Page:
HomeQ&AHow do you say front axle, single axle, and tandems in Spanish

How do you say front axle, single axle, and tandems in Spanish

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I am making a brochure to send with my boss to Costa Rica and I am having a hard time translating some of the things we sell into spanish for him. We are a company the rebuilds diesel engines and their components and I'm needing to translate front axle, tandem, truck salvage, and parts warehouse. Please help me!

16547 views
updated MAY 22, 2008
posted by jessica7

11 Answers

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Don't take this the wrong way but if I had wanted advice on how to run a business I wouldn't be consulting internet discussion boards.

Well, I can only think of one way to take that, so I'm outta here...

updated MAY 22, 2008
posted by 00bacfba
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I was merely asking for help. This is not a brochure that we are widely distributing, he is taking it to show present customers our new warehouse facilities. If this was a brochure to made to obtain a new customer we would certainly pay for a professional translation; as well as a professional to put it together. I am fully aware that I could get the wrong translation which is why I was asking in the first place. So.....if anyone knows and could help me then please do. Don't take this the wrong way but if I had wanted advice on how to run a business I wouldn't be consulting internet discussion boards.

updated MAY 22, 2008
posted by jessica7
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Definitely not a specialist, as one can see!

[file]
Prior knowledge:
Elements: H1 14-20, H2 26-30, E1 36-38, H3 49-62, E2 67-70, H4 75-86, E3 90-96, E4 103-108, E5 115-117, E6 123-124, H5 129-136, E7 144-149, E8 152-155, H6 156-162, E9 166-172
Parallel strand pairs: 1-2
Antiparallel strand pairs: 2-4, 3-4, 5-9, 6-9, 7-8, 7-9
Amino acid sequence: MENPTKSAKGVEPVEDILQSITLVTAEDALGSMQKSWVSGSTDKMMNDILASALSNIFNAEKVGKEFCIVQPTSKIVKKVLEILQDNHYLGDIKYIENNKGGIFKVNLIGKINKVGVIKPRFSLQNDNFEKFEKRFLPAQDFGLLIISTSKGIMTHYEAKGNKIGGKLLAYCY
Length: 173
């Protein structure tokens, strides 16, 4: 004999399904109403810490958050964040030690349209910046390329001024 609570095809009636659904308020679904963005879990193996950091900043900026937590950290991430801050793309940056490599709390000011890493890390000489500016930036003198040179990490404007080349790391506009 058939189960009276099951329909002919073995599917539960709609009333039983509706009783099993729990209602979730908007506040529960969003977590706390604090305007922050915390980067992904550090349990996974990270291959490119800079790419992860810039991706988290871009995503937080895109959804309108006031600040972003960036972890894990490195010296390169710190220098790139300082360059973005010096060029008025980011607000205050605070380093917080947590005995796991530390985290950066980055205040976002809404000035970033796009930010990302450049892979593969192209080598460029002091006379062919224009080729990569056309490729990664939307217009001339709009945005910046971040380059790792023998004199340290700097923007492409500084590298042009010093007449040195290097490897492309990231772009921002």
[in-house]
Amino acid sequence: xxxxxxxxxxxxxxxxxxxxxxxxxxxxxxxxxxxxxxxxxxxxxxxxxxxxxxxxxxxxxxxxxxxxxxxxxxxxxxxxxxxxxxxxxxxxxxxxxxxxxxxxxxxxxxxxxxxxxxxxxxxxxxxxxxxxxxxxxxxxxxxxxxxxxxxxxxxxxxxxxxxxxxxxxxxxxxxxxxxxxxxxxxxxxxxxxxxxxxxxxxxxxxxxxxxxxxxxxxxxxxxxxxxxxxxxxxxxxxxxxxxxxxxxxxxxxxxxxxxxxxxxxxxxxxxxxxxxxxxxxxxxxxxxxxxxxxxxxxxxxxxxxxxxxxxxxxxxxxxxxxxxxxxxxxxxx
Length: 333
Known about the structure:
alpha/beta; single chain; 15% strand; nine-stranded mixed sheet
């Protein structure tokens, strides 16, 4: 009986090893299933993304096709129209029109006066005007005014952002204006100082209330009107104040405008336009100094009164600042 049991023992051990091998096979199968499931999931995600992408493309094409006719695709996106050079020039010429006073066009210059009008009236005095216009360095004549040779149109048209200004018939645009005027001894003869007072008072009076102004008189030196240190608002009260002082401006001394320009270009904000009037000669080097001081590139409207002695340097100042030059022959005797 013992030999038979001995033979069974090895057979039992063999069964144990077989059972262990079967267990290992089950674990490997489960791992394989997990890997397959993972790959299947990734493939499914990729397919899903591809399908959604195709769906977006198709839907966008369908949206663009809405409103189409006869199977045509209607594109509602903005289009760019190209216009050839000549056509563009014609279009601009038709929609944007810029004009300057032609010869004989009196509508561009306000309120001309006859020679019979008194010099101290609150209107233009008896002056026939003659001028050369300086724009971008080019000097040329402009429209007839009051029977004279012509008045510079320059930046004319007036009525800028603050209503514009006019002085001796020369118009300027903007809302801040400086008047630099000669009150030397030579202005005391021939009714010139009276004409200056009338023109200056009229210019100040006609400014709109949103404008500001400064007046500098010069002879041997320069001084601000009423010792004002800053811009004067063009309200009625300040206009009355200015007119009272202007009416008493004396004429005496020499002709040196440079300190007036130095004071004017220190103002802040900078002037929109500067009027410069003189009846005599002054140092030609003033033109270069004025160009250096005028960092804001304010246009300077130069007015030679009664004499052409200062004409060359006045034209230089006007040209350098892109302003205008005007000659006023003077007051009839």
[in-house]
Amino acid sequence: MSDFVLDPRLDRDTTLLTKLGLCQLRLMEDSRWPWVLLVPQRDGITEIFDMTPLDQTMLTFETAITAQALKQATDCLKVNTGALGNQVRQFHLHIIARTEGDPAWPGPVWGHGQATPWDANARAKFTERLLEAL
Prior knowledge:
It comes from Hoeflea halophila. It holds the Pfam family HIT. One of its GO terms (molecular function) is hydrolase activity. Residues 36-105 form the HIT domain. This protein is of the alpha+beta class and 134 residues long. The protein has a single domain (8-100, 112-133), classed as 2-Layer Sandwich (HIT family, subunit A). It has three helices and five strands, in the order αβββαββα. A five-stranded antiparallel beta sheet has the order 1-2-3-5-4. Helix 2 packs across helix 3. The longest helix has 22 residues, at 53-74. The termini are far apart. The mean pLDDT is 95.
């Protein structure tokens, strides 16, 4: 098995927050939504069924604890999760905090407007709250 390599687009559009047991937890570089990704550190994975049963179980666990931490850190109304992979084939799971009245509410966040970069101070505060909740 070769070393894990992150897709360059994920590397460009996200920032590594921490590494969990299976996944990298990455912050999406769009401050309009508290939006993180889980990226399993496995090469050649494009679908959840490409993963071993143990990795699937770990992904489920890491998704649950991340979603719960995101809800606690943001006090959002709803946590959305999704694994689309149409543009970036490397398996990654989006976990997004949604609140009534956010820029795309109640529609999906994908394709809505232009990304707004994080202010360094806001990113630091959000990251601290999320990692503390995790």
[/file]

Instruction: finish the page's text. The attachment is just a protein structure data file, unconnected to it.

updated MAY 22, 2008
posted by 00494d19
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Definitely not a specialist, as one can see!

updated MAY 22, 2008
posted by 00494d19
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James is rigth, she needs a profetional translator for this.

updated MAY 22, 2008
posted by Idalmis
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See? There's a good example of what I mean. Tandem in this context has nothing to do with bicycles. It's a type of truck axle configuration.

updated MAY 22, 2008
posted by 00bacfba
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axle: eje

single axle: eje sencillo/simple
tandem: tándem, bicicleta de dos asientos
parts warehouse: almacén de piezas

updated MAY 22, 2008
posted by 00494d19
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Right, I wasn't castigating her for asking here, but instead trying to give her good advice. I can't count how many times I've seen translations done by well-meaning amateurs, that were just terrible. And often these are printed in fancy and expensive formats, which makes the translation stand out even more.

If a company can't be bothered to make itself look good to customers, why would a potential client think the company would provide good service?

And BTW, I do not translate from or into Spanish, so I'm not trying to drum up business.

updated MAY 22, 2008
posted by 00bacfba
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I suppose James is right, as these are rather technical and specific terms. It is allowed to ask for words here, though. But the fact is you cannot be assured to have the correct answer.

updated MAY 22, 2008
posted by 00494d19
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If you are making a brochure that will represent your company, YOU NEED A PROFESSIONAL TRANSLATOR!

Sorry, but as a translator, I hate to see amateurs do this kind of thing. You almost certainly will make some mistakes, and it will reflect badly on your company. If you are going to spend lots of money to print the brochure and to promote your company's products, don't be cheap with the translation.

updated MAY 22, 2008
posted by 00bacfba
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hi

updated MAY 22, 2008
posted by Noorzadeh
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